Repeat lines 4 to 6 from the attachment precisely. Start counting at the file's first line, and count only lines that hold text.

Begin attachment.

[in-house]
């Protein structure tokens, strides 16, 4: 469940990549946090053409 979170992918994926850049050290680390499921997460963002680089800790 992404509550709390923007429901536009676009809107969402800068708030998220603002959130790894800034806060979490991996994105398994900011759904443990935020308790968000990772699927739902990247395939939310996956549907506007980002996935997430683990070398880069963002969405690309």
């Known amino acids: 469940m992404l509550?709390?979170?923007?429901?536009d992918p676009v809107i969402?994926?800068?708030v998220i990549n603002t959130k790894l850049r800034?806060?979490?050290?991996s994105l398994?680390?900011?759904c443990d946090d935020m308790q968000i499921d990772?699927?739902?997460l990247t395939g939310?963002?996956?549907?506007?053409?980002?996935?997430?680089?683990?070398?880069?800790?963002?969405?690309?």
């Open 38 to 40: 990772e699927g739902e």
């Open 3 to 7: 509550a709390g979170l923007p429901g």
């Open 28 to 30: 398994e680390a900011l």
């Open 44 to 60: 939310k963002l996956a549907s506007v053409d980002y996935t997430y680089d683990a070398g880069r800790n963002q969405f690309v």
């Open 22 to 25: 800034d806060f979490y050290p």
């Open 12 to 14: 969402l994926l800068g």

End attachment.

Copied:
């Open 38 to 40: 990772e699927g739902e």
């Open 3 to 7: 509550a709390g979170l923007p429901g």
């Open 28 to 30: 398994e680390a900011l």